when he filed a claim for unemployment benefits. At the time
that Trappier filed his first claim for benefits,
Seminole's owner considered Trappier to be absent from
work but still employed by Seminole. However, Trappier
believed that his employment had ended on the day he informed
Seminole's owner that he could no longer drive the truck
due to the trauma he had suffered after the accident. The
claims examiner determined that Trappier was disqualified
from receiving unemployment benefits because he was still
employed by Seminole. Thereafter, Seminole issued a formal
appealed the claims examiner's decision, and the
administrative hearing officer affirmed but modified the
basis for the ruling, disqualifying Trappier under OCGA
§ 34-8-194 (1). The hearing officer found that Trappier
quit his employment in March or April 2016 when he informed
Seminole's owner that he could no longer drive because of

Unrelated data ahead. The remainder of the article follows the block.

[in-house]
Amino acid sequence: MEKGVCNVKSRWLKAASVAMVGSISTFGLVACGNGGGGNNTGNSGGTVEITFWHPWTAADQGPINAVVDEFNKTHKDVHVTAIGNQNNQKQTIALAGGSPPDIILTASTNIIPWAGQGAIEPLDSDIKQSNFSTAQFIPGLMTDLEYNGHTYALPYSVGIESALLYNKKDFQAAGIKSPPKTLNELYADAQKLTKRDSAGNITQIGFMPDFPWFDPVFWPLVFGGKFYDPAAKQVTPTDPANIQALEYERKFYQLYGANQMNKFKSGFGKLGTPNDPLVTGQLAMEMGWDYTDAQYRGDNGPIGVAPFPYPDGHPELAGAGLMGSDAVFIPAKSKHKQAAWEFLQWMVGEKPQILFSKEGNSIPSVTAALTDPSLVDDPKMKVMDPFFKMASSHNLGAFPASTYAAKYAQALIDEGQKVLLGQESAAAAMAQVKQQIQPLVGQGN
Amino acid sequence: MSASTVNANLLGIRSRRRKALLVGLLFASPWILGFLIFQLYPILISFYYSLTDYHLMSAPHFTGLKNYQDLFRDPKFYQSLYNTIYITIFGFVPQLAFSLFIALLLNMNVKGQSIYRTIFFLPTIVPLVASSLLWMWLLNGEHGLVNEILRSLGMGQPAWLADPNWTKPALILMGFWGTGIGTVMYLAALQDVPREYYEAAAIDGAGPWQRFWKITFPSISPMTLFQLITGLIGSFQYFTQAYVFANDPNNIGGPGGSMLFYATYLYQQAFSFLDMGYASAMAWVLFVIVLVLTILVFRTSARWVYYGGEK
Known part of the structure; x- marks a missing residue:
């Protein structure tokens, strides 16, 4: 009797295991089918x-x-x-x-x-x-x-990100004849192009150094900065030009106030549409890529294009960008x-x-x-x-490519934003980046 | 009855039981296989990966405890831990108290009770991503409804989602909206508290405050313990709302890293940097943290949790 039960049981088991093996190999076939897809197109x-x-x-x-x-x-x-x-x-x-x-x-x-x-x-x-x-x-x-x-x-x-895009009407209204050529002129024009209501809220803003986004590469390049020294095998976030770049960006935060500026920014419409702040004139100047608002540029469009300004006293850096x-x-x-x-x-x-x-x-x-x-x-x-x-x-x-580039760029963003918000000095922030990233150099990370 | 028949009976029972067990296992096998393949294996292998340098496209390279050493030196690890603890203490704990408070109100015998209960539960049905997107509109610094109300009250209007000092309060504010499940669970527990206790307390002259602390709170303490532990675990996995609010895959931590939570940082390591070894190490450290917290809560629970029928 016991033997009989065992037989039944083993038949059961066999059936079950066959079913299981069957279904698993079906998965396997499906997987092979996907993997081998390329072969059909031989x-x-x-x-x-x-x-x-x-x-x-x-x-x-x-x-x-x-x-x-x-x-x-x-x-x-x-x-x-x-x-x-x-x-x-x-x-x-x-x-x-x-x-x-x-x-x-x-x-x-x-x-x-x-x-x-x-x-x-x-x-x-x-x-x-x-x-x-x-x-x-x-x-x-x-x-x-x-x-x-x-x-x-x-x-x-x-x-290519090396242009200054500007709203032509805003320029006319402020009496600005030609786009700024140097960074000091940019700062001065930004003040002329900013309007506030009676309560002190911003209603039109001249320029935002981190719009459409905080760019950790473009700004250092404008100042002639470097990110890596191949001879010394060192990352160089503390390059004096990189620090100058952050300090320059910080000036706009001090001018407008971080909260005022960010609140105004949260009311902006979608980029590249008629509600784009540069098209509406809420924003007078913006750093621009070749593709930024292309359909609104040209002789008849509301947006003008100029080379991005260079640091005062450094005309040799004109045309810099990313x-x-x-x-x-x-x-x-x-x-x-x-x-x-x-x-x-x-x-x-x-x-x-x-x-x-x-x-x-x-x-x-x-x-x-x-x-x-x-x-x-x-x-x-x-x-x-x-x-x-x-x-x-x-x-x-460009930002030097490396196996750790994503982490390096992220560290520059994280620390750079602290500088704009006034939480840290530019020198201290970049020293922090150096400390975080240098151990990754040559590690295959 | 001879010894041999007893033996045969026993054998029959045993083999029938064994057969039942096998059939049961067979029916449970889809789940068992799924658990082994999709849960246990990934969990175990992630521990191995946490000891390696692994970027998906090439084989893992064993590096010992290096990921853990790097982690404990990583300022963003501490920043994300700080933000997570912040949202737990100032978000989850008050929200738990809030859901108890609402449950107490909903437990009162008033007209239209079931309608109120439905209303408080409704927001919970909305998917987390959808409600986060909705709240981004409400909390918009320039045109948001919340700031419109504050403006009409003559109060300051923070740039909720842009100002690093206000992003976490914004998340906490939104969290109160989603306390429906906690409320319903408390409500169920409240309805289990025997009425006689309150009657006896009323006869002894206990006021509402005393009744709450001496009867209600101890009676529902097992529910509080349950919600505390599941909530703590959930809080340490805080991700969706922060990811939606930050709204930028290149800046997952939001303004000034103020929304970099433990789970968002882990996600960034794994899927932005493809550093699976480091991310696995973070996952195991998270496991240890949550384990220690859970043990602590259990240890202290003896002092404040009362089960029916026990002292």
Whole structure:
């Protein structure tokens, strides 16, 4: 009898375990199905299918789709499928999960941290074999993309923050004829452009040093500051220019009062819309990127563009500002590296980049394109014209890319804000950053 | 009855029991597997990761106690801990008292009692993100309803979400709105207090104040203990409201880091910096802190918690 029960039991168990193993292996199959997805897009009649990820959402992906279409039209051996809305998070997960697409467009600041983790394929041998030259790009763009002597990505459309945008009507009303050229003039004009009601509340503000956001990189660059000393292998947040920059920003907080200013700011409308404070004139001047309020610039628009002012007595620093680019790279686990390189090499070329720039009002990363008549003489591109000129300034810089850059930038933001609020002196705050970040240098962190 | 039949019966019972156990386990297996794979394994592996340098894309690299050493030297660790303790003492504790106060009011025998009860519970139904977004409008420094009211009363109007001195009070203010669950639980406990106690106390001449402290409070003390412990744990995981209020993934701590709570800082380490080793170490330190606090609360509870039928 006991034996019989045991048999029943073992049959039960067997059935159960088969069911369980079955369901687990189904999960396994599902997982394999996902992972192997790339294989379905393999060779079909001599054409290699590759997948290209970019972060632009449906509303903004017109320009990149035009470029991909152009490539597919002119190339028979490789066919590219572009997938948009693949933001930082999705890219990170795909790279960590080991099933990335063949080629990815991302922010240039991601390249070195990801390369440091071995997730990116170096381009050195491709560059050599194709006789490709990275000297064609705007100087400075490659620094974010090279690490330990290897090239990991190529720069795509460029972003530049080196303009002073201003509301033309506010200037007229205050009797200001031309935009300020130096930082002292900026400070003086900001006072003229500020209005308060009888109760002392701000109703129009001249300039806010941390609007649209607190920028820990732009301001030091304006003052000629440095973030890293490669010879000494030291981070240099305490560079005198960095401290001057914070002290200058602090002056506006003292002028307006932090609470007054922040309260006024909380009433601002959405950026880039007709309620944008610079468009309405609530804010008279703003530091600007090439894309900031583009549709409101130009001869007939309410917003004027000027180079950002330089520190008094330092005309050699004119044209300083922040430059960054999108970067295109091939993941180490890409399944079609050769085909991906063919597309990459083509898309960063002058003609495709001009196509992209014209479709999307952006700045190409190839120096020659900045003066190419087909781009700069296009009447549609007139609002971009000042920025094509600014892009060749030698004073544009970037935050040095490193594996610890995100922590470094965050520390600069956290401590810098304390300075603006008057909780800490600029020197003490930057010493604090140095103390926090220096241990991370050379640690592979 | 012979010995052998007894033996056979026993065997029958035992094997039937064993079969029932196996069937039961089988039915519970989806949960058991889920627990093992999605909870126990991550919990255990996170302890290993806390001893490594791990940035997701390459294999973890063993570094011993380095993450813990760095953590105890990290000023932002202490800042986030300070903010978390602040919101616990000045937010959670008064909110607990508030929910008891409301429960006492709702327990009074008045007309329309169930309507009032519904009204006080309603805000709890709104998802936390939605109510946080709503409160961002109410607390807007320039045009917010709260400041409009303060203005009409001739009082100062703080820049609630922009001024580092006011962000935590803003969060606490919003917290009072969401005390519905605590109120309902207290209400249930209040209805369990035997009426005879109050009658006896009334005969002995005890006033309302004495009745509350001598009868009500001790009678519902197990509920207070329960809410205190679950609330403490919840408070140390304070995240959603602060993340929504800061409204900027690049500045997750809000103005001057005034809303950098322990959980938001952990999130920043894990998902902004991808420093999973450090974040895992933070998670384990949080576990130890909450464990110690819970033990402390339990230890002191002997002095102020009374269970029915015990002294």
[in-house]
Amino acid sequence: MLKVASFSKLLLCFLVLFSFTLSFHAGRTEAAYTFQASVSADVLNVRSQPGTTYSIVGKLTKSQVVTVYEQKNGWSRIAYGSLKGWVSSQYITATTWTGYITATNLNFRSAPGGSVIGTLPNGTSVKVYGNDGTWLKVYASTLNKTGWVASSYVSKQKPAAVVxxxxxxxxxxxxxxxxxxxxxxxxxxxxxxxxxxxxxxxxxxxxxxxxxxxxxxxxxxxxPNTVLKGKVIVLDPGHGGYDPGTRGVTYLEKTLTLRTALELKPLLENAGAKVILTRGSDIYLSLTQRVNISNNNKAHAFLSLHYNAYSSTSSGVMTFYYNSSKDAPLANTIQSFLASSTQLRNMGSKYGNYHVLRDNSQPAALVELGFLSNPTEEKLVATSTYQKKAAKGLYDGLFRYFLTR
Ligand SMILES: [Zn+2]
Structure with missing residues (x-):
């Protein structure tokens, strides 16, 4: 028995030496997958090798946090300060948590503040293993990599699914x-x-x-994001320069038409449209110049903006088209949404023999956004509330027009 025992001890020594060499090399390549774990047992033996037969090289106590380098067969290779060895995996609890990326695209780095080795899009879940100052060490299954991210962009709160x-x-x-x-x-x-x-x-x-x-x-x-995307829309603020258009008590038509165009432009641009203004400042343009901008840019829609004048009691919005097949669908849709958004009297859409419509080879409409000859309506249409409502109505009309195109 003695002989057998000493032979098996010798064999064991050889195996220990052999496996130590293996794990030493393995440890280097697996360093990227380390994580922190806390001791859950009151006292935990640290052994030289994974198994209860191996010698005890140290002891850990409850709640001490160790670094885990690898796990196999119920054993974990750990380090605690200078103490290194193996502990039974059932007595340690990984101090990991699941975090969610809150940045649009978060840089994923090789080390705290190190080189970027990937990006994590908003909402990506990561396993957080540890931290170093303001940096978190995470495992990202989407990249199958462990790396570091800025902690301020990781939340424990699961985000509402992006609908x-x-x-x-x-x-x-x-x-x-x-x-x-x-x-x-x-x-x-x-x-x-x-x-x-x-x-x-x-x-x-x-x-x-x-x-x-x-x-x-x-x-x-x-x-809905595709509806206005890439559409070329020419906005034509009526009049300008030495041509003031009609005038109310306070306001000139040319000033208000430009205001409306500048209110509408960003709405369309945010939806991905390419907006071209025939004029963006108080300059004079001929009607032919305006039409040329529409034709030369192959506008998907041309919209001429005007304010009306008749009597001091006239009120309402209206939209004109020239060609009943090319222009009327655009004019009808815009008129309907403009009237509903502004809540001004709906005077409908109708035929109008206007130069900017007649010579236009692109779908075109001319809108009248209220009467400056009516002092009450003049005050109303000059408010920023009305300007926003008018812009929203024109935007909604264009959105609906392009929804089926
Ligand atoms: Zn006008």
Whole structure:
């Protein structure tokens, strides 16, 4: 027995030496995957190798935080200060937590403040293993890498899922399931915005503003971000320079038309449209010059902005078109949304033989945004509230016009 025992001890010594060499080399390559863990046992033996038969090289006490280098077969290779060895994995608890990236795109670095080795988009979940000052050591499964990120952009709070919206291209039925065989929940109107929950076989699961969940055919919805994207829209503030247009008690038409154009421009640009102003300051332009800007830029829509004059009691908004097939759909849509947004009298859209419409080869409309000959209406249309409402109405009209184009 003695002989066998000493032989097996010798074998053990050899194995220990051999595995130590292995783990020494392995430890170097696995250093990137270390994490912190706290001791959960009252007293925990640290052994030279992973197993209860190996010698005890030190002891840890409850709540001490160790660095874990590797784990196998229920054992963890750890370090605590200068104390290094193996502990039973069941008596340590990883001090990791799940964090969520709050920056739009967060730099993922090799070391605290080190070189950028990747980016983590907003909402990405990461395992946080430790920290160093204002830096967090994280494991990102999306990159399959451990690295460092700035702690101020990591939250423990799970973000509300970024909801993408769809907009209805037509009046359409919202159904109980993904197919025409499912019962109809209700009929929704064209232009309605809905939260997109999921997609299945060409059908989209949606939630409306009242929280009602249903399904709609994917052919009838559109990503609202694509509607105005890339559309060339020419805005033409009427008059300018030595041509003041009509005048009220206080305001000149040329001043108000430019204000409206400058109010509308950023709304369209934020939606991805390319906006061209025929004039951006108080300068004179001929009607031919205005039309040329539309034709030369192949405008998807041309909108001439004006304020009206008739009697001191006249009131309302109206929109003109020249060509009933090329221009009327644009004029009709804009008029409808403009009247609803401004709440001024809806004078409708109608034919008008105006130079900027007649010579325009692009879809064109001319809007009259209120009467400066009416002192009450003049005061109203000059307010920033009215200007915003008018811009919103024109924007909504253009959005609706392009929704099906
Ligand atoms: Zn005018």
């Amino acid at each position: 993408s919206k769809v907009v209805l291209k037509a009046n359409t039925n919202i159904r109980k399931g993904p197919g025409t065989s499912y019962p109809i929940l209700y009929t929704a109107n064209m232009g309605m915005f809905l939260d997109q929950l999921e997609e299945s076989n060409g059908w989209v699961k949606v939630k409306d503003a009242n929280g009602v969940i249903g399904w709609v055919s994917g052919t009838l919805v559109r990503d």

the accident, but that Trappier did not inform Seminole's
owner that he was quitting. Ultimately, the hearing officer
determined that Trappier was disqualified from receiving
unemployment benefits because Trappier did not allow
Seminole's owner a full opportunity to address his
concerns, and because he did not show that he quit his
employment with good cause. Trappier appealed to the Board,
which affirmed the hearing officer's decision. Trappier
filed a petition for judicial review, and the superior court
affirmed the Board's decision. The superior court found
that the record showed that Trappier did not tell Seminole